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Diabetic retinopathy is the leading cause of blindness among working adults in the United States, but disease pathways may vary between patients, new research shows.
Diabetic retinopathy is the leading cause of blindness among working adults in the United States, but disease pathways may vary between patients according to a new study.
The study was led by InÃªs P. Marques, M.D., of the Association for Innovation and Biomedical Research on Light and Image in Coimbra, Portugal and published in the March 2019 issue of Diabetes. As the prevalence of diabetes in the United States is expected to increase dramatically. Better understanding of the predominant disease pathways for diabetic retinopathy may have major implications for management.
The researchers proposed three phenotypes of mild nonproliferative diabetic retinopathy (NPDR) with different risks for development of vision-threatening complications. Each phenotype is characterized by the predominance of one of three main disease pathways: neurodegeneration (retinal thinning), edema (retinal thickness), and ischemia (decreased vessel density).
This retrospective cross-sectional study used a noninvasive, multimodal imaging approach to examine the prevalence of different disease pathways in 142 patients with type 2 diabetes showing the initial stages of NPDR. Eyes were grouped by NPDR severity using the seven-field Early Treatment Diabetic Retinopathy Study (ETDRS) protocol: no or minimal NPDR (54 eyes); mild NPDR (54 eyes); and moderate NPDR (34 eyes). A control group of 106 eyes from healthy control subjects was used to compare with the study group.
The results showed that neurodegeneration, edema, and ischemia occurred to different degrees in different eyes, indicating that the predominant mechanism of retinal disease may be different in different patients. This finding confirms previous studies that suggested eyes from different patients may have different phenotypes of disease progression.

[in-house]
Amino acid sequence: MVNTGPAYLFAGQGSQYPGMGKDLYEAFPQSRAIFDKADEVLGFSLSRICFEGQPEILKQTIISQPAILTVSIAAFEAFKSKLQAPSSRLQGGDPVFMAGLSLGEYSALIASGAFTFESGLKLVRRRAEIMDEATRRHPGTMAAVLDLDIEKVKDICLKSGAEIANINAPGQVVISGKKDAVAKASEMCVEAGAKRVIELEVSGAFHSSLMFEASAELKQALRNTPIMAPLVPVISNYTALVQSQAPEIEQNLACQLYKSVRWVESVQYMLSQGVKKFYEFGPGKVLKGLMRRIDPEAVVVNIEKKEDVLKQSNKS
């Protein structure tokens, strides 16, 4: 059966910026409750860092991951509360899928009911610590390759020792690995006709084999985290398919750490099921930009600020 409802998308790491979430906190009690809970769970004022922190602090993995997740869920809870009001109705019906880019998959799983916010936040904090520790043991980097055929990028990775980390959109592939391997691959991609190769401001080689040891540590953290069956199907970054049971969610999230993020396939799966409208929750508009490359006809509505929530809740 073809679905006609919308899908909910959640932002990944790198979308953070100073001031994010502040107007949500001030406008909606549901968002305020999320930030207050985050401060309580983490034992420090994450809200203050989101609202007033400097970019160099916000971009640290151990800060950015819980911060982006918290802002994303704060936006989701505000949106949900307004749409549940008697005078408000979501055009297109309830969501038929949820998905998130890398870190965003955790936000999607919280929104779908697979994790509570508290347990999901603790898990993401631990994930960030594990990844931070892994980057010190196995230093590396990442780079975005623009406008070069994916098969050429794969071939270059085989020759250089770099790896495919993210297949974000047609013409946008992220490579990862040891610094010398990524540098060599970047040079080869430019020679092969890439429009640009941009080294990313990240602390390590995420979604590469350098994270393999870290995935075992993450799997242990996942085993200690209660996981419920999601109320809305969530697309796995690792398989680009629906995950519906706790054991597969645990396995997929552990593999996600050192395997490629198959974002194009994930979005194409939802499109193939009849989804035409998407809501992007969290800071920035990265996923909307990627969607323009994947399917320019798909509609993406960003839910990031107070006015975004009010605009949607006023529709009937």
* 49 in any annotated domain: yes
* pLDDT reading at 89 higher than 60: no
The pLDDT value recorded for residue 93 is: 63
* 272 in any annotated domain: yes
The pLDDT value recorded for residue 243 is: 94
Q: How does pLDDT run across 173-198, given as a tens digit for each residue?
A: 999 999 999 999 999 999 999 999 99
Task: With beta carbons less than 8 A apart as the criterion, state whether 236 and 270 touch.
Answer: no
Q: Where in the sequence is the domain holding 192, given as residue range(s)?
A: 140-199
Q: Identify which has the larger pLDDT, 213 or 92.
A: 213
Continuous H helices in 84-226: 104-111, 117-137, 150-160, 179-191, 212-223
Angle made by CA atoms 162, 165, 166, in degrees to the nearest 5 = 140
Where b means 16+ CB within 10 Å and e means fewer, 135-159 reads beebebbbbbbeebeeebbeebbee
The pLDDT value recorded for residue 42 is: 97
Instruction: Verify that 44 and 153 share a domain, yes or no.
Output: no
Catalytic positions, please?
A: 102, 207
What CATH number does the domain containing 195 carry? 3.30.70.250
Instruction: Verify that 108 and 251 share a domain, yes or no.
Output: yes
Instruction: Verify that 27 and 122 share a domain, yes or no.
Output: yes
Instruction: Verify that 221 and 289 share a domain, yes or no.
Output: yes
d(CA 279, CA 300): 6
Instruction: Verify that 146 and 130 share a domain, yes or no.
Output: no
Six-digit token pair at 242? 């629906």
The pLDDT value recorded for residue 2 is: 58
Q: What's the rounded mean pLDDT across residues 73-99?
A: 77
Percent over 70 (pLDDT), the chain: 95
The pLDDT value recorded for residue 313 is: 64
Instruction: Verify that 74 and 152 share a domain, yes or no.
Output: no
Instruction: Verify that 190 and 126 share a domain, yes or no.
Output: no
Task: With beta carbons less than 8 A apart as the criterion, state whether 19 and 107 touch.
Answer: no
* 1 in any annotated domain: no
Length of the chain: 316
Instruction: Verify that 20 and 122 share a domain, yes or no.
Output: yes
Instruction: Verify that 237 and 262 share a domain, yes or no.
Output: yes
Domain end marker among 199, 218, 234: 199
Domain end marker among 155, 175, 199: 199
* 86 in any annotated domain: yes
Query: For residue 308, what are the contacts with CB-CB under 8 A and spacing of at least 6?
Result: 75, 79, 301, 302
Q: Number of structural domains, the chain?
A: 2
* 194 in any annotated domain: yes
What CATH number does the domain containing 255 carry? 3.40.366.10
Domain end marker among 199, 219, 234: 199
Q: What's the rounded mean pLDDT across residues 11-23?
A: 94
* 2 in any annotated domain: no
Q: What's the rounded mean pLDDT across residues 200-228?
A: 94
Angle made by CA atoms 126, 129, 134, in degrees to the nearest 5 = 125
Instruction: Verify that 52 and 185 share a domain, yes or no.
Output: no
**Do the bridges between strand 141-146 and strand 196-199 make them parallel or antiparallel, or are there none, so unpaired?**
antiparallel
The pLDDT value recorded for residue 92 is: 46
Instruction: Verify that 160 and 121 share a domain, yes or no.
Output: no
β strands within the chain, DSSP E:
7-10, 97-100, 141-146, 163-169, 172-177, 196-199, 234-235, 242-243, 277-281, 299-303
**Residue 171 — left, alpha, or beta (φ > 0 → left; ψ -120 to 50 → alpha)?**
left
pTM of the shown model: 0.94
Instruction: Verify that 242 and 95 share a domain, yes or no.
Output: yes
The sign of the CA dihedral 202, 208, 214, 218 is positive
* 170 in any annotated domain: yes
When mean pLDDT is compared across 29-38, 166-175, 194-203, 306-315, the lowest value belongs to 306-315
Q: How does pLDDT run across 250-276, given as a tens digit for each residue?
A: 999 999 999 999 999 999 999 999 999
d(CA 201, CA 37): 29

Ischemia was the only disease pathway that showed correlation with retinopathy severity and metabolic control. In univariate analysis, ischemia was significantly different between ETDRS groups, with eyes in a more severe stage of the disease more likely to have reduced vessel density. In multivariate regression analysis model adjusted for age, sex, HbA1c, visual acuity, and diabetes duration, ischemia remained significantly different between the ETDRS groups and showed significant associations with age, sex, and metabolic control. No significant difference was found between ETDRS groups in neurodegeneration or edema.
“Metrics of retinal vessel density obtained with OCTA in a noninvasive matter, allowing for repeated examinations, appear to identify the eyes/patients at higher risk for increase in severity, thus promoting a larger role for precision medicine in the management of [diabetic retinopathy] in individual patients,” the researchers conclude. “A forward-looking approach consistent with the concept of personalized medicine would be to develop quantitative assessments of these different disease pathways to enable early and individualized treatment.”
Marques IP, Alves D, Santos T, et al. “Multimodal Imaging of the Initial Stages of Diabetic Retinopathy: Different Disease Pathways in Different Patients.” Diabetes. March 2019. DOI: 10.2337/db18-1077